UK - A combination of low corporate bond yields and above-expectation inflation increases has seen BT's pension deficit rise by £1.6bn (€1.9bn), according to the company's latest quarterly report.

Covering the three months to the end of December, the telecoms company's third quarter saw its pension shortfall increase to £4.1bn before tax - up from £2.5bn the previous quarter - and reaching its highest level since June 2010, when it stood at £5.7bn.

Explaining the increase, the company cited the impact of the Bank of England's (BoE) second round of quantitative easing.

It said: "The deficit includes the impact of particularly low real corporate bond yields partly reflecting the impact of quantitative easing and recent inflation being higher than the long-term assumptions."

BT added that the higher inflation rate would be applied to April's indexation decisions, contributing to the scheme's £2.8bn rise in liabilities to £41.1bn - with the company unable to offset the changes with a higher overall scheme market value of £35.8bn, up £700m over September.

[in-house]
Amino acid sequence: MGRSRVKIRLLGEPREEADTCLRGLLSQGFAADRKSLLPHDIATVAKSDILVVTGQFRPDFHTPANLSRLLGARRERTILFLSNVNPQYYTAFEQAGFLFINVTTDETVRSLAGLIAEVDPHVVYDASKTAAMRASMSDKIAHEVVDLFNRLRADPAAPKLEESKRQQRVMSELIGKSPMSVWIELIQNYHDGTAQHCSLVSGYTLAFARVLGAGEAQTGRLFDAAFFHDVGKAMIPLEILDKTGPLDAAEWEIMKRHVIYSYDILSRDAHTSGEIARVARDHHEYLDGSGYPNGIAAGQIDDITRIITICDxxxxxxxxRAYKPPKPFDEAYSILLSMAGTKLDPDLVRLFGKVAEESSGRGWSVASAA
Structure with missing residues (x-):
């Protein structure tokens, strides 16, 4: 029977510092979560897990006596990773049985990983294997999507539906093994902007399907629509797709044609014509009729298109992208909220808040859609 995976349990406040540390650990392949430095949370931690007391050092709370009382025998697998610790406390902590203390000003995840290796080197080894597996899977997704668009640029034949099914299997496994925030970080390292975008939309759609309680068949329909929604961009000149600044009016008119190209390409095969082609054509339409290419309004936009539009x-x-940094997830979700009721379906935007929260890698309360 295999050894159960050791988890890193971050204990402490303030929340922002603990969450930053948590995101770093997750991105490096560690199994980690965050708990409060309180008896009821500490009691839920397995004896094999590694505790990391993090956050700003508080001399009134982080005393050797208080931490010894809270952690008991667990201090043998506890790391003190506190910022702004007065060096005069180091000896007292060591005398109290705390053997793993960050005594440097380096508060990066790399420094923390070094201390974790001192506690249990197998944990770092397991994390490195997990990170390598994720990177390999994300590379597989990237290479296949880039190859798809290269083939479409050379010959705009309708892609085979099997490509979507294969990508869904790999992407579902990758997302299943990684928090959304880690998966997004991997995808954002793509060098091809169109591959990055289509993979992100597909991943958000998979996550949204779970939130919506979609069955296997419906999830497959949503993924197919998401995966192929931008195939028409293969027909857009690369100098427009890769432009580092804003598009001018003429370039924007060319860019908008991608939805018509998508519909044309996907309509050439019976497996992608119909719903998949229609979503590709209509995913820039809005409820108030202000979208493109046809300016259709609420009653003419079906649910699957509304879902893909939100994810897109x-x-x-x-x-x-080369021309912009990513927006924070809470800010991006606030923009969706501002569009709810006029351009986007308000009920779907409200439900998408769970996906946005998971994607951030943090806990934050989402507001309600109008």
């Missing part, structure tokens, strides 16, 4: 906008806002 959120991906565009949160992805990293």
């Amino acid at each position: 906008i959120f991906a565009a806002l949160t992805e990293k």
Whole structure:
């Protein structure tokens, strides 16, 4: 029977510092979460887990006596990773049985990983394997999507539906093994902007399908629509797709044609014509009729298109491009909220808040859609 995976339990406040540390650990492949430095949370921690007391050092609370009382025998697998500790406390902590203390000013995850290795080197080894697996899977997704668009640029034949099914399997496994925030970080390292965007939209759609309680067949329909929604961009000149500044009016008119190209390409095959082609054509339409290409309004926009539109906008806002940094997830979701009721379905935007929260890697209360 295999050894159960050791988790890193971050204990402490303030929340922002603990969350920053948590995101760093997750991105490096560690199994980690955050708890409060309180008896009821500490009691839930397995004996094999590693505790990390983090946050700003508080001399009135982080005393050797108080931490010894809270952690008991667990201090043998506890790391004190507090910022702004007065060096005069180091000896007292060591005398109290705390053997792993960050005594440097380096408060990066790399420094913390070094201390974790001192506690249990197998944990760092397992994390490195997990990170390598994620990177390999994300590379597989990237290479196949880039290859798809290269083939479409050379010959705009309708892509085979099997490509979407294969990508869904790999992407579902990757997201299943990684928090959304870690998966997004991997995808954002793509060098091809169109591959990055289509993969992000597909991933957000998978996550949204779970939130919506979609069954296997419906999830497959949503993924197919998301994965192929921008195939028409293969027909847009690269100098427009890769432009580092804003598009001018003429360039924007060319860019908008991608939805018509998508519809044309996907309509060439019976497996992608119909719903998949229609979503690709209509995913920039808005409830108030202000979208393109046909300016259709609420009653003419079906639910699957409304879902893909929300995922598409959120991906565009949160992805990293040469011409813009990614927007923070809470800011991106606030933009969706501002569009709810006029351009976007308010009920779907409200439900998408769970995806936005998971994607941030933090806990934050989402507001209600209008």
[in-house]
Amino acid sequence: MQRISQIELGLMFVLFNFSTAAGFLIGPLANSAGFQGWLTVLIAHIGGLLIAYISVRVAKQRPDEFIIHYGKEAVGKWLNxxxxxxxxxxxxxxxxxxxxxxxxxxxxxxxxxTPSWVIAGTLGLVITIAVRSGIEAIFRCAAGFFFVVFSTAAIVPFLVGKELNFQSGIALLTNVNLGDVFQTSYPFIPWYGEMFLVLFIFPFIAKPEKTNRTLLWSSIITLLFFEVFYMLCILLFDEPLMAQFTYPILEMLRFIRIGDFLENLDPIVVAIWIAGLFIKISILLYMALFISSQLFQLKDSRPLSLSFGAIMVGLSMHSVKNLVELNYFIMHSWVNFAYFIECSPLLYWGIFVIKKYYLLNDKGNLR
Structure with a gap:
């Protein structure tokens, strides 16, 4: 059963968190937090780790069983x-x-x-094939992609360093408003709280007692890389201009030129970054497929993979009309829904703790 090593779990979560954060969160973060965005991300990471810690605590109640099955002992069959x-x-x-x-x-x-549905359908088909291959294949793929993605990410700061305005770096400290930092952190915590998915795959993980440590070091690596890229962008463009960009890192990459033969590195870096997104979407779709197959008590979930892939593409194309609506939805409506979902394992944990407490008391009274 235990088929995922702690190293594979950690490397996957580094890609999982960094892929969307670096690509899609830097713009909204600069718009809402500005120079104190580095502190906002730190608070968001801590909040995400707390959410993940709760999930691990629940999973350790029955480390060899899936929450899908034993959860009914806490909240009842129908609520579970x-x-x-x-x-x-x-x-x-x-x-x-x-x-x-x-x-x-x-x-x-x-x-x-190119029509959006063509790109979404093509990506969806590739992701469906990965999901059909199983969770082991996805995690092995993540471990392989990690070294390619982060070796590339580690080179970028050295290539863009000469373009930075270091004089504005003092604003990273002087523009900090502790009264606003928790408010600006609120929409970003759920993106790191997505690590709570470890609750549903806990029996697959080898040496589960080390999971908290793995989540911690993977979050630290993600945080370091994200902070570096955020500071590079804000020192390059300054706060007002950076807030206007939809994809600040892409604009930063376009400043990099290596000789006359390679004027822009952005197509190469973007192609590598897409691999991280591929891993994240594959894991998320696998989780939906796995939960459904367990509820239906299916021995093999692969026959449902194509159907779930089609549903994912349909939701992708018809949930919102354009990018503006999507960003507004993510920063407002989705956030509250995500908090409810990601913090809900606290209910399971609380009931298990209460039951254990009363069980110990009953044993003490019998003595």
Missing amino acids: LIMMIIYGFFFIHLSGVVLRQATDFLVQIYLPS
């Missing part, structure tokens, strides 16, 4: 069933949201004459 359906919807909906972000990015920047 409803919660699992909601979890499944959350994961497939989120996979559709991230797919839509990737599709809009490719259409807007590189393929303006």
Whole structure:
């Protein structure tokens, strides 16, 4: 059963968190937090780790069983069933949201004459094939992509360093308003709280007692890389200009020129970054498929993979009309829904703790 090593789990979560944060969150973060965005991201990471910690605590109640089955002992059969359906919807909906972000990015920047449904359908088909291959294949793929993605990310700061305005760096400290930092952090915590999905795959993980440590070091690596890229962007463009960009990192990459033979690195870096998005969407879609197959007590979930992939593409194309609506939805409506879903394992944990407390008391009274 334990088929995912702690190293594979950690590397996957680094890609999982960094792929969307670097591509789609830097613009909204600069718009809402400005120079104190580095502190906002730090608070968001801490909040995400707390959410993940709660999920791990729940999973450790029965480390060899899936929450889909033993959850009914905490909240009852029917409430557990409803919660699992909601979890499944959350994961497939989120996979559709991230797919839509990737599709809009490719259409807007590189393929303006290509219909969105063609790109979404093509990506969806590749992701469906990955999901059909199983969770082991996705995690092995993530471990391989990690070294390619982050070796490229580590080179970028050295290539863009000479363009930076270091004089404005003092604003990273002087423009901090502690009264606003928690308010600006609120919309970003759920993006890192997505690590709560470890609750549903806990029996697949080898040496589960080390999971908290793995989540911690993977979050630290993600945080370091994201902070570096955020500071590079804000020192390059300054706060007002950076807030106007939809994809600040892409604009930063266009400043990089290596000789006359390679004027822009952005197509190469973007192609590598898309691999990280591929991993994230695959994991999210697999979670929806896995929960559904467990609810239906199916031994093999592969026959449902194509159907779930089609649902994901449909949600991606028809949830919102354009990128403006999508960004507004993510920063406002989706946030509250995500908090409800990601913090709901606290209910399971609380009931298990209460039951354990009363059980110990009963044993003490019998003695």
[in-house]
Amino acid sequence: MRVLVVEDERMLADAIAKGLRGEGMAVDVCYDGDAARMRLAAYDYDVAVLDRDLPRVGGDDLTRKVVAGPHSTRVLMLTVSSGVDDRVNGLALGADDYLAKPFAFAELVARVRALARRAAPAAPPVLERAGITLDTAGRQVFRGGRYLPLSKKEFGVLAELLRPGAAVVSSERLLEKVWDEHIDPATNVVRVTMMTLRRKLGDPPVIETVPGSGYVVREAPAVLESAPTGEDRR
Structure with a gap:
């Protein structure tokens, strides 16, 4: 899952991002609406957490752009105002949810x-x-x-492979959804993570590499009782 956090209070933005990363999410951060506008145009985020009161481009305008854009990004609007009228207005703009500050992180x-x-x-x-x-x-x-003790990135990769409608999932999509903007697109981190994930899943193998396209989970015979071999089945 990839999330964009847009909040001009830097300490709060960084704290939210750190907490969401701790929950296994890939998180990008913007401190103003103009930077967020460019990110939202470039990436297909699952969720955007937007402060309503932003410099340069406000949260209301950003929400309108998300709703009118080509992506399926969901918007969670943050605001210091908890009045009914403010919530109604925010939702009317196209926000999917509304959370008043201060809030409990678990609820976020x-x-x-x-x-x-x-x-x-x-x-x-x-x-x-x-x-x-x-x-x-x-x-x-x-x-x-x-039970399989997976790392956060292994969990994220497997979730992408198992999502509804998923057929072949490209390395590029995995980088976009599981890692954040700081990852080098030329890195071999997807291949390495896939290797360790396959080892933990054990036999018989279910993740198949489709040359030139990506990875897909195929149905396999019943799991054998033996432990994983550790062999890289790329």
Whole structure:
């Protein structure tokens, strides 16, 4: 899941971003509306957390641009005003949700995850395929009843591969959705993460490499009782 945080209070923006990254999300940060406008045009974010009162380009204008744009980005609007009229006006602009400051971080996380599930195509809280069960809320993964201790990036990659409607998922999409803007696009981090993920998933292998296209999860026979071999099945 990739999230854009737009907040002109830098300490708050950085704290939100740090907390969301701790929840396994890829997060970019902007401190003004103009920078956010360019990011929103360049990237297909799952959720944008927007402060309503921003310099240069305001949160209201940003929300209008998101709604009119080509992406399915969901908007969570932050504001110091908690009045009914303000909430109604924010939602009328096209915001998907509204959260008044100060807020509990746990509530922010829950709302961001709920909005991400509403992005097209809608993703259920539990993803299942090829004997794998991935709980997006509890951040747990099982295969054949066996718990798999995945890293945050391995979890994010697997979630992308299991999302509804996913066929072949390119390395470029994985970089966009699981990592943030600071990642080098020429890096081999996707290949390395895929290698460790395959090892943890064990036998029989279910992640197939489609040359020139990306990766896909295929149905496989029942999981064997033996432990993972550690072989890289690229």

The news comes amid reports that the BoE will extend the current quantitative easing package by a further £50bn, with the pensions industry still recovering from the previous £75bn stimulus the National Association of Pension Funds branded "torture".

Consultancy Mercer predicted that deficits would continue to increase well into 2012, citing a further reduction in corporate bond yields over the course of January.

Ali Tayyebi, senior partner and pension risk group leader at the consultancy said: "It is disappointing to see no improvement in funding levels over the first month of 2012, with deficits remaining stubbornly high following the deterioration during 2011.

"Although the FTSE 100 increased by around 2% over the month, pressure remained on the liability side, with AA corporate bond yields reducing even further over the month."